YOU ARE HERE: LAT HomeCollections


March 13, 1994|JEFF KAYE | Jeff Kaye is a frequent contributor to The Times

LONDON — All's quiet on the set as British actor Tim Roth, dressed in a turn-of-the-century suit, enters a spacious room and, looking confused, makes his way silently toward another doorway where two women sit knitting. One of the women, dressed in black, has embroidered a white skull.

"Cut," says director Nicolas Roeg. Roth is walking too quickly, the director decides. Roeg walks through the scene himself, slowly, describing the pace and sensibility he is looking for.

Nearly 100 years after it was written, Joseph Conrad's enigmatic novella, "Heart of Darkness," is finally going to be a movie. Others have attempted it, most notably Orson Welles, who reached an advanced stage of pre-production before abandoning the project in 1939 under the weight of technical and financial problems.

Forty years later, Francis Ford Coppola took the basic outline of Conrad's book and set it against the Vietnam War for "Apocalypse Now." But until this year, no one has been able to faithfully transform the story to film.

Like an ever-increasing number of daring works bypassed by the feature film industry, however, "Heart of Darkness" is being made for cable TV. It will debut Sunday on TNT.

Roth, who has won critical accolades for his work in such films as "Reservoir Dogs" and "Bodies, Rest & Motion," plays the story's lead character, Marlow. A young sea captain in the late 19th Century, Marlow is sent up the River Congo by a Belgian trading company to locate their station agent, Kurtz (John Malkovich), with whom they've lost contact.

Although Roth leapt at the opportunity to work with Roeg ("Don't Look Now," "The Man Who Fell to Earth"), he nearly missed his chance. After an unpleasant experience working on the ABC movie "Murder in the Heartland," he swore he'd never work on American TV again. ("The censorship really (expletive expletive) me off," he says, recalling what he saw as continual interference from network executives.)

So when the "Heart of Darkness" producers approached his agent about having him appear in the cable TV film, he says, "My agent just turned it down without even telling me what was going on." Once he found out about the offer, however, he signed on immediately.

"I hadn't even read the script when I agreed to do the thing," he says, sitting in a London cafe, across from the august building where the film's opening scenes are being shot. He has ordered a pack of cigarettes and a beer.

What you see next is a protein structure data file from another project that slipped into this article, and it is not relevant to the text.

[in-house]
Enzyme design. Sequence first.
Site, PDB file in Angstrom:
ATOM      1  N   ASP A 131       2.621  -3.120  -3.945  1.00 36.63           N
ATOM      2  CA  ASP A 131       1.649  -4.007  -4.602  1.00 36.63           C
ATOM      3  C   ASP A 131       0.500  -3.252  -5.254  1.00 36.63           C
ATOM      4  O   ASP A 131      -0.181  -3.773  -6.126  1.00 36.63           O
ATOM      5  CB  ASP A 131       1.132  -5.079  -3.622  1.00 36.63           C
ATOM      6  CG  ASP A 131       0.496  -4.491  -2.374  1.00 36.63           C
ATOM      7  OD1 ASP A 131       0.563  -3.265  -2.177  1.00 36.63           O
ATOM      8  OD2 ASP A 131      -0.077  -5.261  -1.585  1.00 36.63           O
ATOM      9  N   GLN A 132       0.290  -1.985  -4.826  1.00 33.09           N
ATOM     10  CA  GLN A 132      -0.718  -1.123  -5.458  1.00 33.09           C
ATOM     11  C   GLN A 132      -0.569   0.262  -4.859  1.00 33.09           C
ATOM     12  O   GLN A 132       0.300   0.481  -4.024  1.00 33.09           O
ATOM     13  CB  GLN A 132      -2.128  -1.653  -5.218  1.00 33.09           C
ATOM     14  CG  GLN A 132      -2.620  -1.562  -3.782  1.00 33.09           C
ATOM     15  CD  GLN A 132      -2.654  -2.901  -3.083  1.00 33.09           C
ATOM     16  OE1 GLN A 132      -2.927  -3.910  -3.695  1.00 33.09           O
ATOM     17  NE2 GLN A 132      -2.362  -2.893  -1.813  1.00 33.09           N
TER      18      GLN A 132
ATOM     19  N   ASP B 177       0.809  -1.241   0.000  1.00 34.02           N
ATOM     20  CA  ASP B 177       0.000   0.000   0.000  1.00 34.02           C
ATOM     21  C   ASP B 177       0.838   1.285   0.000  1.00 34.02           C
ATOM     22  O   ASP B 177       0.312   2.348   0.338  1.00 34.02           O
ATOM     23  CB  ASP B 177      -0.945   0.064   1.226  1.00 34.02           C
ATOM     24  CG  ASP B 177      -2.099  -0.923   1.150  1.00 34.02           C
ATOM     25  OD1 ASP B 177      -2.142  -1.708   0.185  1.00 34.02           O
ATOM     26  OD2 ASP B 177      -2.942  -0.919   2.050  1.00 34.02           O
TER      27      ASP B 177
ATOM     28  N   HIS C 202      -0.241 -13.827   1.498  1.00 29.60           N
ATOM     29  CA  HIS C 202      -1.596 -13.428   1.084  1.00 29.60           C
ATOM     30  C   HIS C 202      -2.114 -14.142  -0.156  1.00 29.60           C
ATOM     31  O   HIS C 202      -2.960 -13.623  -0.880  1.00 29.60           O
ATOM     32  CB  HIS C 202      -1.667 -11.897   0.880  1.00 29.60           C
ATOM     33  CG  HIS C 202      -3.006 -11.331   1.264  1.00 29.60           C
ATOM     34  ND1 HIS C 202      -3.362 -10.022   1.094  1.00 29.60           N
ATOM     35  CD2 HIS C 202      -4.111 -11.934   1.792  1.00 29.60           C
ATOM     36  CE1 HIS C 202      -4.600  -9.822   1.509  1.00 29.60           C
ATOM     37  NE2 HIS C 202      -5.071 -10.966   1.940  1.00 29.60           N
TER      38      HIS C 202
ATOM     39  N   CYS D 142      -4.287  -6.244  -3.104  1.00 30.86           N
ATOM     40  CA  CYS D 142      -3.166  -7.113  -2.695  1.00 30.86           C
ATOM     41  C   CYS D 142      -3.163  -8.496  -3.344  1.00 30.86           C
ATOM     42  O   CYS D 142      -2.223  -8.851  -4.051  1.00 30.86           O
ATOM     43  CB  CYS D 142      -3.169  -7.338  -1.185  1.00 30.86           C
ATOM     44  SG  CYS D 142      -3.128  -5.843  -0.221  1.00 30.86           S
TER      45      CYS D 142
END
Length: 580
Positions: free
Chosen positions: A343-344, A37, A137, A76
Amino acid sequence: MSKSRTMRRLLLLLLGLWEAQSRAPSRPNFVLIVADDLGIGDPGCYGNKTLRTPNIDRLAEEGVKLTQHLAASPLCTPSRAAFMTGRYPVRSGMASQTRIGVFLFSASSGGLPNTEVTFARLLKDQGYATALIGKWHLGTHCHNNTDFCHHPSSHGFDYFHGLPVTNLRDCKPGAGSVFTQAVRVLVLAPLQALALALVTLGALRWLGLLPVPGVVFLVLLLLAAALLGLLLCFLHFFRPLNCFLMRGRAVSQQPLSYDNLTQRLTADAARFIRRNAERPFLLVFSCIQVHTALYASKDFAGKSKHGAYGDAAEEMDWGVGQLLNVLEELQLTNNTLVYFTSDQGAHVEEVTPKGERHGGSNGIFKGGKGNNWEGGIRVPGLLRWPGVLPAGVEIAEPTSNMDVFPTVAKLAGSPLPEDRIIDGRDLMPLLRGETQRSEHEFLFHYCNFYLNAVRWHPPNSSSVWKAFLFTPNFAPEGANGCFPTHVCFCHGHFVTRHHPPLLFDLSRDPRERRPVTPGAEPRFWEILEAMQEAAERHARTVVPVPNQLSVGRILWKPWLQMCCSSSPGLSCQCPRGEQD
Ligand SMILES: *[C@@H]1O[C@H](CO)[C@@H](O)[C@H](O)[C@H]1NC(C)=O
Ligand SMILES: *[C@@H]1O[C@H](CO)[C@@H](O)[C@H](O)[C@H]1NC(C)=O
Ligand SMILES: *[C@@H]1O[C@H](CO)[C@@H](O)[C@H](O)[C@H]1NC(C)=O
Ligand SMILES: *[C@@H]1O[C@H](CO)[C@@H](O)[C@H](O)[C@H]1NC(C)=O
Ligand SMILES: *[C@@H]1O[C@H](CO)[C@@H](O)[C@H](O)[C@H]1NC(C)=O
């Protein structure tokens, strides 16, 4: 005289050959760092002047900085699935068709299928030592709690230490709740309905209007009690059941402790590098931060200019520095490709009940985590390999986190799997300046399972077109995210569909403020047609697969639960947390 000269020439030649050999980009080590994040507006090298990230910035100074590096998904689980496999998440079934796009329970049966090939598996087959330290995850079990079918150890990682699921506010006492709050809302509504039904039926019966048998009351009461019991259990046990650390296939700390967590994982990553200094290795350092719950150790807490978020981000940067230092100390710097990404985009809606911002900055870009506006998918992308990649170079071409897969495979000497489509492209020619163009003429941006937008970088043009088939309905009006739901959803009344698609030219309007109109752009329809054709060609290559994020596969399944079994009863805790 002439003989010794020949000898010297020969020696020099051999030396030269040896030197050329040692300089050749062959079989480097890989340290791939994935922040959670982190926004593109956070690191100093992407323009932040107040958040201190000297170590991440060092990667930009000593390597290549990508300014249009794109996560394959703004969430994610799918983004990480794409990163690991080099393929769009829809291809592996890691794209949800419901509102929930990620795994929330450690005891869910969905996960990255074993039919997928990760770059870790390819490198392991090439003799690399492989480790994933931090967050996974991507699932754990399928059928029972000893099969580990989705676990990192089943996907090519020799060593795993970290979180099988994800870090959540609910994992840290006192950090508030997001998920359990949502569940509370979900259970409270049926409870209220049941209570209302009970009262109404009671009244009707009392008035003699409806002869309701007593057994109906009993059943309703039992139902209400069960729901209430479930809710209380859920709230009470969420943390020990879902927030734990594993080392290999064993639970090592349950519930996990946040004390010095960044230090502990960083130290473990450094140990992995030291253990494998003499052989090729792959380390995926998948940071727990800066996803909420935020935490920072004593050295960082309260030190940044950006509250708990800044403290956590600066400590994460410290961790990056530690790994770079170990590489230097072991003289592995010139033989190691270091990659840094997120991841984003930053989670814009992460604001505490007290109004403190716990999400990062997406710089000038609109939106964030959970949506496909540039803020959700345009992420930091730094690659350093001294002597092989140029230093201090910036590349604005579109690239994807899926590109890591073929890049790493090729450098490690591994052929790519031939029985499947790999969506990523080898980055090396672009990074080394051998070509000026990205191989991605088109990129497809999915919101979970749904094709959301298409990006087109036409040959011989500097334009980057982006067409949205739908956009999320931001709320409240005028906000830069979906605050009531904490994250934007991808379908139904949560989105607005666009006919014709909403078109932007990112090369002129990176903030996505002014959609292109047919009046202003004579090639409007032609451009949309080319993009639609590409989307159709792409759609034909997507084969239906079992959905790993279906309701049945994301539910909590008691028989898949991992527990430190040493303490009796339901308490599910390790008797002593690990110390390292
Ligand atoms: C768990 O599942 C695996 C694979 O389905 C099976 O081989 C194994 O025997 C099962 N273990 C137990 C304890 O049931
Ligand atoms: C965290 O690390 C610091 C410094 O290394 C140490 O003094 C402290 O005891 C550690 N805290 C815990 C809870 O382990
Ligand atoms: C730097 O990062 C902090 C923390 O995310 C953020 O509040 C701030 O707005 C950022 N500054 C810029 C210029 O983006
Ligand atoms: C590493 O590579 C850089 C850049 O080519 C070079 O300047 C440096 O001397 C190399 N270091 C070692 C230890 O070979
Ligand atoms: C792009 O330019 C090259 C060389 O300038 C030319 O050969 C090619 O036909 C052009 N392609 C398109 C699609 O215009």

Roth doesn't want to say much about his interpretation of "Heart of Darkness," or his character, Marlow, preferring, instead, to let viewers form their own opinions. But he says that the story is "a journey into the big depths of your soul and what you see when you get there."

Working with Roeg, whose fragmented and oblique style of filmmaking seems particularly suited for Conrad's obscure tale, proved to be as unusual as Roth expected.

"It's the strangest position I've ever been in," he says. "From day to day, you don't really know what's going on. The more confused I was when we were filming, the better Nick liked it."

Roth even professes to have found some enjoyment working amid the chaos and miserable conditions in Belize, where the cast and crew spent more than a month filming jungle scenes. "Heart" producers Bob Christiansen and Rick Rosenberg wrote a seven-page memo detailing the litany of horrors the film crew faced, including storms, disease, freak accidents, violent drug gangs, robberies, theft, tropical insects and a wayward monkey.

"It was insane," says Roth. "I liked it."

Born in London to a leftist journalist and a painter, he moved to L.A. several years ago for the increased job opportunities. His explosive performance in the low-budget crime drama "Reservoir Dogs" brought him attention and big-money film offers. But he says he is torn between the things you do for money and the things you do for art.

"I want to keep enjoying acting and I'm managing to do that," he says. "And now I'm starting to get paid to do it, which is really good. Not being broke feels good.

"But the films I'd really like to do are going to make me broke again. They're so obscure and so strange. They appeal to me."

A "Heart of Darkness" production assistant approaches Roth to tell him he's needed on the set. He takes a last swallow of beer, grabs his cigarettes and stands up.

"Am I sticking you with the bill?" he asks. "Excellent. That's the way I like it."

"Heart of Darkness" airs Sunday at 5, 7 and 9 p.m. on TNT .

Los Angeles Times Articles